A Morning Call story this week states that the Old Farmer’s Almanac is forecasting lots of snow and cold this winter across much of the northeast.
Meteorologists, on the other hand, are calling that prediction a bunch of hot air.
Instead, they say, the El Niño that’s affecting our weather has all the appearances of being the strongest in 50 years — meaning that the Pacific states will get a lot of rain, and the Atlantic states will get a mild winter.
A story in The Washington Post quotes atmospheric sciences professor Marshall Shepherd of the University of Georgia saying, “[Weather forecasting] is a rigorous and quantitative science steeped in physics, advanced math, fluid dynamics, and thermodynamics.”
So what can we expect? According to scientists at The National Weather Service, it’s more likely that we’ll get “Below normal winter precipitation and snowfall.” Furthermore, a drier, warmer winter “could adversely impact some agricultural operations. Specifically, winter wheat yields the following summer could be reduced due to deficient moisture and possible cold damage because of the absence of an insulating snow cover. In fact, the incipient stages of some Ohio Valley and lower Great Lakes droughts may be initiated during a dry El Niño winter.”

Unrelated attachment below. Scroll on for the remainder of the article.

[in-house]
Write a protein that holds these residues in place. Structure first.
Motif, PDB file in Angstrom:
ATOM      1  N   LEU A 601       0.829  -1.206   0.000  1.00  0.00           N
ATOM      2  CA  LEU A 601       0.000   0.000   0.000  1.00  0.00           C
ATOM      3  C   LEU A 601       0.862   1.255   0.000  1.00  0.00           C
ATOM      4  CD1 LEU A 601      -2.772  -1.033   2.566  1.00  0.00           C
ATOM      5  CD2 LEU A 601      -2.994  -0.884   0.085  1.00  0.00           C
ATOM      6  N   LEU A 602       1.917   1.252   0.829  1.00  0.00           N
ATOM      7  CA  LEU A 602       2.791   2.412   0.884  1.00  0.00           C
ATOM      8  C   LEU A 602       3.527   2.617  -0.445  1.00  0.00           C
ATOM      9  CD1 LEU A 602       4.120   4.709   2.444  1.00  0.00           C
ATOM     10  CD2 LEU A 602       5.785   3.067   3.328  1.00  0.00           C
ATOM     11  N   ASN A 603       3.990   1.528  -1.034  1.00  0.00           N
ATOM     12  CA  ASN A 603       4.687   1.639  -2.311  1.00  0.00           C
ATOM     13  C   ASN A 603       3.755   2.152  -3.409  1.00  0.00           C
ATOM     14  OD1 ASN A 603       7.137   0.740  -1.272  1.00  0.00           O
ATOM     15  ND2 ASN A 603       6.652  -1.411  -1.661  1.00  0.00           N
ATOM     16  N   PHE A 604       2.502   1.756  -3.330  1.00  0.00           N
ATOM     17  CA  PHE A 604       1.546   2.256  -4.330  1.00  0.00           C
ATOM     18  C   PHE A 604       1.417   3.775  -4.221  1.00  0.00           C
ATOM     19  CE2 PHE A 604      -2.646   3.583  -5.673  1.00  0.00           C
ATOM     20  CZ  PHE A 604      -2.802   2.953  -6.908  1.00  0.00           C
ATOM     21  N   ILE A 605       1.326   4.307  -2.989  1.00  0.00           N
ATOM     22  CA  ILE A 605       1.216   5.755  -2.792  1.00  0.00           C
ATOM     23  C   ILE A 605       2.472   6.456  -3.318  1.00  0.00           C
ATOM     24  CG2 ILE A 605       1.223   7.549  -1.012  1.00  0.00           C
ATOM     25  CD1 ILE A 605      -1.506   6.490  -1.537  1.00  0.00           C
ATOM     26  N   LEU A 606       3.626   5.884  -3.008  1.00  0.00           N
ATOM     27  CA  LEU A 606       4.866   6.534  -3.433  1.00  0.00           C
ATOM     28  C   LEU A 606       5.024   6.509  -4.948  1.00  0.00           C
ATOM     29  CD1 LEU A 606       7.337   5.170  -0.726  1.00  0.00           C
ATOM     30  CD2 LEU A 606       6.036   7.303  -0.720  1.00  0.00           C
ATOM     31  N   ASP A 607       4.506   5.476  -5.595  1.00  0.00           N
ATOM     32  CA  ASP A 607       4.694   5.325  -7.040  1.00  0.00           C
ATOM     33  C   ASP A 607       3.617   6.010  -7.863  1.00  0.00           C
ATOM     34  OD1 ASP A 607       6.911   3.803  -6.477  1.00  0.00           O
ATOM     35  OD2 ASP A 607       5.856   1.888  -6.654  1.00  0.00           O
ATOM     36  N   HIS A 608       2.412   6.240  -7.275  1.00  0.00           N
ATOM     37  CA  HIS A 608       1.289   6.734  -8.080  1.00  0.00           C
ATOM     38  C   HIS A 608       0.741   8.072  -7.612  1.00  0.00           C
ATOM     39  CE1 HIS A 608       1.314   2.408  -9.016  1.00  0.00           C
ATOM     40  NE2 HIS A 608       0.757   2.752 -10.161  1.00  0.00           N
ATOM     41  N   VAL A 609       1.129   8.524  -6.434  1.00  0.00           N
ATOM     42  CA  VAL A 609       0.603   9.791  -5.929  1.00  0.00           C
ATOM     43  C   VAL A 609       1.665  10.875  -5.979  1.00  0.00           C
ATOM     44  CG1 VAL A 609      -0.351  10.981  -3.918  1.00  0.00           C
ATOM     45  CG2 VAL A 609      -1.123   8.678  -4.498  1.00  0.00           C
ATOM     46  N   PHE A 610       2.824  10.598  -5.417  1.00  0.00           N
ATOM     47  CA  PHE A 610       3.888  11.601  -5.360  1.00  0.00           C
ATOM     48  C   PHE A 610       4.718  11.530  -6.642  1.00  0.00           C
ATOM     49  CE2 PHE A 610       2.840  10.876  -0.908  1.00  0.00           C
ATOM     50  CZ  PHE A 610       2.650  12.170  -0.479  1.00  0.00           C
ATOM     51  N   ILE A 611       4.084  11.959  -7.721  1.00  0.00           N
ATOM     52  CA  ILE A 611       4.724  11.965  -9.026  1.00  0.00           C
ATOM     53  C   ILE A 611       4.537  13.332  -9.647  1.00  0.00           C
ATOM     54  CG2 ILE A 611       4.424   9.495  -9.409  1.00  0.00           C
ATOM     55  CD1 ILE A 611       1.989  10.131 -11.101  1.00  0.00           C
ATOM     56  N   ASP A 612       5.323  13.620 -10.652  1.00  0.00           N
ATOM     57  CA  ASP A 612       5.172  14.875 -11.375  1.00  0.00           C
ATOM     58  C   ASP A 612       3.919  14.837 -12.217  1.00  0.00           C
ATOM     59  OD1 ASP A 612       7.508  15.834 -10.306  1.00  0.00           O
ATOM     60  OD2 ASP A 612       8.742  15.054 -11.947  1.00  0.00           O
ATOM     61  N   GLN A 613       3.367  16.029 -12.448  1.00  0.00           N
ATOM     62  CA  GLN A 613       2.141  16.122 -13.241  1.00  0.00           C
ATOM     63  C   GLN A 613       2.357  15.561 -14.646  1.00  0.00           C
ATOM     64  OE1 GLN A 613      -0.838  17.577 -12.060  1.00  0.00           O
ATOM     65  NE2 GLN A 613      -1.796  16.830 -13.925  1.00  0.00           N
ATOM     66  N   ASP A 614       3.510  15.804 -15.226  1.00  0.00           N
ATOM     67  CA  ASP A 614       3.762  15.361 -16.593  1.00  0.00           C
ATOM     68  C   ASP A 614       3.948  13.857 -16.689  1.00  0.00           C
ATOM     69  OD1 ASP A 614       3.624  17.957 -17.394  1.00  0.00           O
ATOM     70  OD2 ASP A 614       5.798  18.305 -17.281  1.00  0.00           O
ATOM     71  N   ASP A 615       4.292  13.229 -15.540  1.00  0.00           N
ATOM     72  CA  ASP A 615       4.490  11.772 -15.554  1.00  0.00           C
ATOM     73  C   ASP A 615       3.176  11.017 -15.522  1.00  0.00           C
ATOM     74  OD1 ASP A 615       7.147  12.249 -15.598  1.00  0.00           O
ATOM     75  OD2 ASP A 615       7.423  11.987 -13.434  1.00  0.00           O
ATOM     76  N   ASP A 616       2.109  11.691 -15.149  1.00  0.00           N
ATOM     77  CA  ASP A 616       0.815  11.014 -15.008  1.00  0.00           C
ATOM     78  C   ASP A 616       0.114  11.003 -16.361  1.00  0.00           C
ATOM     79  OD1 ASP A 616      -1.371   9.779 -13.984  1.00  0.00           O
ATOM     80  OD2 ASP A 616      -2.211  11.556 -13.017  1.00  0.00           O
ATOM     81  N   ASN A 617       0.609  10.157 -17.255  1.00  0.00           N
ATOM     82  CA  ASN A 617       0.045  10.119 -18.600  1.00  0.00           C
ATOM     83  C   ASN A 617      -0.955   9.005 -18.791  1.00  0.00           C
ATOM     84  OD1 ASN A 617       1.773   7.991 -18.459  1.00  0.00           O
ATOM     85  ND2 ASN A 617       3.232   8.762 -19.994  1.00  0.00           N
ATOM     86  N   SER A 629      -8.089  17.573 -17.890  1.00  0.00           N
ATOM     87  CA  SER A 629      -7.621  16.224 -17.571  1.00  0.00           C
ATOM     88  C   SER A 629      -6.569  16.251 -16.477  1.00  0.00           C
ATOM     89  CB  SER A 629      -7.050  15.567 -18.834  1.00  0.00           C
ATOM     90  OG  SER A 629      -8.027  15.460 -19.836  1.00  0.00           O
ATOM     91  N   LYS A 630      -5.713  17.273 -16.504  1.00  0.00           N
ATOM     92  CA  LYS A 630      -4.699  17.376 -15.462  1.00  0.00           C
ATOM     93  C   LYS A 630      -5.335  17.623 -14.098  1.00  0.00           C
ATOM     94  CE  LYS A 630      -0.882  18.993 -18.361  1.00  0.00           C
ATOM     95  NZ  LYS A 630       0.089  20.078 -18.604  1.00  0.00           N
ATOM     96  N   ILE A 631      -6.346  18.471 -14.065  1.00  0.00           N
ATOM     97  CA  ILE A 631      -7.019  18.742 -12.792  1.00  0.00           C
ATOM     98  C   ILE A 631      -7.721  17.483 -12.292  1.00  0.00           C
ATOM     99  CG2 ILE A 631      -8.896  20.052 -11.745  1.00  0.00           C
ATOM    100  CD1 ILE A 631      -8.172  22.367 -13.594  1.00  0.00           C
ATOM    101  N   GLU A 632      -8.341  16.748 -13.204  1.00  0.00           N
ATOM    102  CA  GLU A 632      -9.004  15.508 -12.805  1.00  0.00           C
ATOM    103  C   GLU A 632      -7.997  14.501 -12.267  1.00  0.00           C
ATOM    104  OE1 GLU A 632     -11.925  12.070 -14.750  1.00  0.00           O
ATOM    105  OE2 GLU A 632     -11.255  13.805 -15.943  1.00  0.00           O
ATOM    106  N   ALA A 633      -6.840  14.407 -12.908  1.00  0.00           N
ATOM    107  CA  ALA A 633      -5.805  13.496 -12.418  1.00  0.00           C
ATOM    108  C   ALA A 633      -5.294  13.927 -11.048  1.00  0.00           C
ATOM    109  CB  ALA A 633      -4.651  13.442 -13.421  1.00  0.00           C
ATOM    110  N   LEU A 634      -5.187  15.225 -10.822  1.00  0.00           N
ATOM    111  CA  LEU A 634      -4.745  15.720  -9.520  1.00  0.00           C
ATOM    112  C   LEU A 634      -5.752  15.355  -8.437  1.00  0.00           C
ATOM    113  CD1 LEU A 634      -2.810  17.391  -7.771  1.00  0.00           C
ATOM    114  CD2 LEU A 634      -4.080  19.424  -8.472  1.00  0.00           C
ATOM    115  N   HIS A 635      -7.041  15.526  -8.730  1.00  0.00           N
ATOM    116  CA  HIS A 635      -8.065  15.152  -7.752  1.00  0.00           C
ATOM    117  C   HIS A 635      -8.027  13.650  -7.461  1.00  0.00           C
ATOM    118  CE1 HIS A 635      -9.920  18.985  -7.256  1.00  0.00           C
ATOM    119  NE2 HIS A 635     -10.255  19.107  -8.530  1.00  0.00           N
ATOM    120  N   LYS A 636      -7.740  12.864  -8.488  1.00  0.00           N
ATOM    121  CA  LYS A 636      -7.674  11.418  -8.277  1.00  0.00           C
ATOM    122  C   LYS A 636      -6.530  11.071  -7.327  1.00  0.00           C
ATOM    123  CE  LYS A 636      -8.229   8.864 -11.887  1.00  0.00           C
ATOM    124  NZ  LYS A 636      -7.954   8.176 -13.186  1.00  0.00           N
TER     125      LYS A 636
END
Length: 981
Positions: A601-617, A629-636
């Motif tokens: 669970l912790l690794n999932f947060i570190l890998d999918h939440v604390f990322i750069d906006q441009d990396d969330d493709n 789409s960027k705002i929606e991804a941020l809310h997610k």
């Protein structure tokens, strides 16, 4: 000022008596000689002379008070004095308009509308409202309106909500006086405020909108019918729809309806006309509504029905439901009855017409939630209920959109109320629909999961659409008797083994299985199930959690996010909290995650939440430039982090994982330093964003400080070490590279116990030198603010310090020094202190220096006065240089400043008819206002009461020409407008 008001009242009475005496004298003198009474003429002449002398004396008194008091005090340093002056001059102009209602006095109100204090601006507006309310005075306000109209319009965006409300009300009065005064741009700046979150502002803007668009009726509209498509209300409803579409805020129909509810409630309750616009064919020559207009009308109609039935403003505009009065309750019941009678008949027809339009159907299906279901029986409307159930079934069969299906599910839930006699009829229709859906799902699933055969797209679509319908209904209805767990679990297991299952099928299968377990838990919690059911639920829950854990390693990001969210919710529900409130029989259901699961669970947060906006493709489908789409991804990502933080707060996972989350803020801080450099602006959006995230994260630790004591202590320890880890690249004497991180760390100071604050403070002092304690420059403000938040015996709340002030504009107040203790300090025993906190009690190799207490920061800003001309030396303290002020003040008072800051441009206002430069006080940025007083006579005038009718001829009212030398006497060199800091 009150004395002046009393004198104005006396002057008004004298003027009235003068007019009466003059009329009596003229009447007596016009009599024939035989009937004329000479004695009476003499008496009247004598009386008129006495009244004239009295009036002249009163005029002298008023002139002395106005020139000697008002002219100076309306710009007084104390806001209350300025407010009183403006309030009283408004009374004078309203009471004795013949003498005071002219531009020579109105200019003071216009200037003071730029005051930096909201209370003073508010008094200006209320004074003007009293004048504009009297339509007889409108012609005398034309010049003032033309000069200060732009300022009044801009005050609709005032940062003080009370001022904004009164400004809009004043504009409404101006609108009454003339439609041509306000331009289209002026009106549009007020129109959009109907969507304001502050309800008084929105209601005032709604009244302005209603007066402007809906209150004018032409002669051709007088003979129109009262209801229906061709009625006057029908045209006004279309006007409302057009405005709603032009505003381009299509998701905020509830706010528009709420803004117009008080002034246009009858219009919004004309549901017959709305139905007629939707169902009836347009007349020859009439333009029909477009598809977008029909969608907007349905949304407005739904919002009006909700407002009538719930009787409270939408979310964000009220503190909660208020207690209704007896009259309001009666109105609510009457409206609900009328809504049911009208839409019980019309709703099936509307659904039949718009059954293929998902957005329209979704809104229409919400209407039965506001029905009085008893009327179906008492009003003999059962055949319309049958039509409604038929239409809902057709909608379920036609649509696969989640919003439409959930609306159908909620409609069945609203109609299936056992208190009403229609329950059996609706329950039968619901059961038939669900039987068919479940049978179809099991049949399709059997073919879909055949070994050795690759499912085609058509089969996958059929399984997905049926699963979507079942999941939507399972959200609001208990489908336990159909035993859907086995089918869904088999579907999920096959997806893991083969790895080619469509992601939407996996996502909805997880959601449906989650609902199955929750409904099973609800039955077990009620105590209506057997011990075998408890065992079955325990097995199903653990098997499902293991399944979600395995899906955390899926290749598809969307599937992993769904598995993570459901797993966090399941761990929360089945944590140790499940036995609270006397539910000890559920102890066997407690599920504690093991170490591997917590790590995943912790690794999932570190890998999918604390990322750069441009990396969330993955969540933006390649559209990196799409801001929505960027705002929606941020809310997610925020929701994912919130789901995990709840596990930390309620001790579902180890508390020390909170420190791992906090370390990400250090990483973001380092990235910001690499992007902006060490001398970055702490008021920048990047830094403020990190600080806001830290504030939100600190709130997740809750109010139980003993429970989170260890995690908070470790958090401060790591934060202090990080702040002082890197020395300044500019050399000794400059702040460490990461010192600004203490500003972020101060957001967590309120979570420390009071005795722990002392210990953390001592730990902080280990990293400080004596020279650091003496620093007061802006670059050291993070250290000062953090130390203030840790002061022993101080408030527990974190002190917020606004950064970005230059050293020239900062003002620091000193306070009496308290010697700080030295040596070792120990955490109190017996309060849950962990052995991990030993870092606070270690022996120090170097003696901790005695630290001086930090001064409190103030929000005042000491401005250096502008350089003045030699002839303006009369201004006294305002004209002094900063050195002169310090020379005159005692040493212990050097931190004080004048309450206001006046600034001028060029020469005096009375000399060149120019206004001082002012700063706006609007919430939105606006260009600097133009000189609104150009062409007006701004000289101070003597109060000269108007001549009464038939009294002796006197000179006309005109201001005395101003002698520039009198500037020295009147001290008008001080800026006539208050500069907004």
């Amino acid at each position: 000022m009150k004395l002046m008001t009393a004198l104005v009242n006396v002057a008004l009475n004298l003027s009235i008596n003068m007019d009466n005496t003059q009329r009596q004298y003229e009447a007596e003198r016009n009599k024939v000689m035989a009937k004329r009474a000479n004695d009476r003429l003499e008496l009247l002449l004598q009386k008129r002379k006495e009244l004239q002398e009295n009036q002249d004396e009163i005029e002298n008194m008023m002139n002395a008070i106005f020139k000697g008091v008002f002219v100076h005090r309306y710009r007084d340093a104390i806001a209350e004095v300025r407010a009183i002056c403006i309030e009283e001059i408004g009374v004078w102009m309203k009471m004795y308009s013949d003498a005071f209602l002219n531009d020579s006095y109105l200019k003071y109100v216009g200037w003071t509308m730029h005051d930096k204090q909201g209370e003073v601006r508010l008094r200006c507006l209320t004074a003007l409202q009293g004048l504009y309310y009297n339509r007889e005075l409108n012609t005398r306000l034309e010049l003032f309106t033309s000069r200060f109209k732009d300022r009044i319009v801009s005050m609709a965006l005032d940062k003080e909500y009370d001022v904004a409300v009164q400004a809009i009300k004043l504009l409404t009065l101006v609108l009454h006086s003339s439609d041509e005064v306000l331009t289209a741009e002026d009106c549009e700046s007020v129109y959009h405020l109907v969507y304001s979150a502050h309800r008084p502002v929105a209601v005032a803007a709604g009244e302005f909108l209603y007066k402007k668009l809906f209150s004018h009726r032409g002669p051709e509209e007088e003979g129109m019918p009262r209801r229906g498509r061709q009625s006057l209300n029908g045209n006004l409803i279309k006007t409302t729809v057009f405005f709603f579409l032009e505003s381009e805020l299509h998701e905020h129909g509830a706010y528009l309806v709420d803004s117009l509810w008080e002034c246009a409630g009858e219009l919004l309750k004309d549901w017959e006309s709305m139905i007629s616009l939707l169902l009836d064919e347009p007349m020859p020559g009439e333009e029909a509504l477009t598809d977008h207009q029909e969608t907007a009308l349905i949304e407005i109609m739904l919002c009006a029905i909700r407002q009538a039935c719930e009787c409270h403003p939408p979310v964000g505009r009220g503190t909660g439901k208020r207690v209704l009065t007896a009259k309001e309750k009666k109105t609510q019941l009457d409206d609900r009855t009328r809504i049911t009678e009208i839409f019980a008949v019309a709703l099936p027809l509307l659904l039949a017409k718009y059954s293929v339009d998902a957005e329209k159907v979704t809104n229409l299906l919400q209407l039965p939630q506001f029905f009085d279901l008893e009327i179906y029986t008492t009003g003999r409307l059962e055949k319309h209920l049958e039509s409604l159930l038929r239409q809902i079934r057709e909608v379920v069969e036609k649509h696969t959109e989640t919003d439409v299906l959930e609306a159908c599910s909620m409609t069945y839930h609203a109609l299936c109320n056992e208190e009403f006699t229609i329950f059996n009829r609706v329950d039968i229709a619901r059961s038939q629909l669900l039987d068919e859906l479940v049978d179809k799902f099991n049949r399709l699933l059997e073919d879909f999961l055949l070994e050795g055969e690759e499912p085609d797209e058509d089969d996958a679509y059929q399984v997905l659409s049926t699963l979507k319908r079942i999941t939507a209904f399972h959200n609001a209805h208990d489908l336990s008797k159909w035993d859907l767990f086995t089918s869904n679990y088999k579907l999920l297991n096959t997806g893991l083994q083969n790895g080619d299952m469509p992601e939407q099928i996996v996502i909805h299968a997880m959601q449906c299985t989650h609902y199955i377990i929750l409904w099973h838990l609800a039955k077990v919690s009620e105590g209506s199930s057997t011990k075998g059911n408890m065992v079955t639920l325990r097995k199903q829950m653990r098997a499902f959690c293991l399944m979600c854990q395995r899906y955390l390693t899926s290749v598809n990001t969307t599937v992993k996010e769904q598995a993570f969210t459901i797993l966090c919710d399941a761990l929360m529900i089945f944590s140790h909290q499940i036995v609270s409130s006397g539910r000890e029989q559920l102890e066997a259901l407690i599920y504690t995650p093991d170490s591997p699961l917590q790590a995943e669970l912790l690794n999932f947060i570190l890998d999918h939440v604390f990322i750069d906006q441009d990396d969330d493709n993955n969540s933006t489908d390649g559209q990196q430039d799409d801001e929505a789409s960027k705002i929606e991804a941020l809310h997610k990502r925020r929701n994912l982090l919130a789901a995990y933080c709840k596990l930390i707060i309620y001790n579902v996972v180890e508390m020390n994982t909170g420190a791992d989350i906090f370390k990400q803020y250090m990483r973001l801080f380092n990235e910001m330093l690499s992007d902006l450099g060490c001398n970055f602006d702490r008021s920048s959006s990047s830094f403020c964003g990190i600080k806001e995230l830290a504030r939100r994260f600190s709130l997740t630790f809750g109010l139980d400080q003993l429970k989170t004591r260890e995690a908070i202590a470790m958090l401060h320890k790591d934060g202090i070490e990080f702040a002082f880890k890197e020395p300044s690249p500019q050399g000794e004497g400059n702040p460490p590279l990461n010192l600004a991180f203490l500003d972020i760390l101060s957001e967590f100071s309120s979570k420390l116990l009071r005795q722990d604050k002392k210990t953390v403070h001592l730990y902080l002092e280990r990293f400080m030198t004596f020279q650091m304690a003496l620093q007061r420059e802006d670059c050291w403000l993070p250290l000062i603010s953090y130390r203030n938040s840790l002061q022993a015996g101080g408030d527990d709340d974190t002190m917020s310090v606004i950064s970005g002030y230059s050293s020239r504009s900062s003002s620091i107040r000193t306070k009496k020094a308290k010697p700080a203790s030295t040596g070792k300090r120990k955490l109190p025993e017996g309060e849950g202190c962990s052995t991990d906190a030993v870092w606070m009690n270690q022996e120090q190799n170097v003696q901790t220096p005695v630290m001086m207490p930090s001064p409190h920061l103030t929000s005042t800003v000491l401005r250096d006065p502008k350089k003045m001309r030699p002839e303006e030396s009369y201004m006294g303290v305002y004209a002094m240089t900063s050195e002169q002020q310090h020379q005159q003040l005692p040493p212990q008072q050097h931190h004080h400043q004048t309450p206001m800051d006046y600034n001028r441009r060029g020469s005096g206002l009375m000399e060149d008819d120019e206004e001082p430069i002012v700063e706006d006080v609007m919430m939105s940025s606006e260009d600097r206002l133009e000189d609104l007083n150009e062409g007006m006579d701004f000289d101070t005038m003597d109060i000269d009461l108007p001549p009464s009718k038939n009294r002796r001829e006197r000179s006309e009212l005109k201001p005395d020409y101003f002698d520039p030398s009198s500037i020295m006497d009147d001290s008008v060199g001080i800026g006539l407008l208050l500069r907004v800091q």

Yes, they said the D-word: Droughts.
While it’s too early to predict with certainty what’s going to happen this winter — the scientists are injecting their report with a healthy dose of what we’ll call the “maybes” — farmer’s almanacs don’t have the greatest track record when it comes to weather. As the Washington Post reporter points out, “for the current period, spanning August 16 to 19 … the Old Farmer’s Almanac says we’ll have ‘Rain, then sunny, cool,’ …. Of course, it is hot with no rain in the forecast until the end of this period, the opposite of the Almanac’s outlook. (It also forecast for August 10-11 a “tropical storm threat, mainly southeast”. Nope!)”
Our advice? Keep your eyes on the weather, buy some driveway salt just in case, and keep your fingers crossed. Oh, and conserve water — because that’s a good idea no matter what the weather.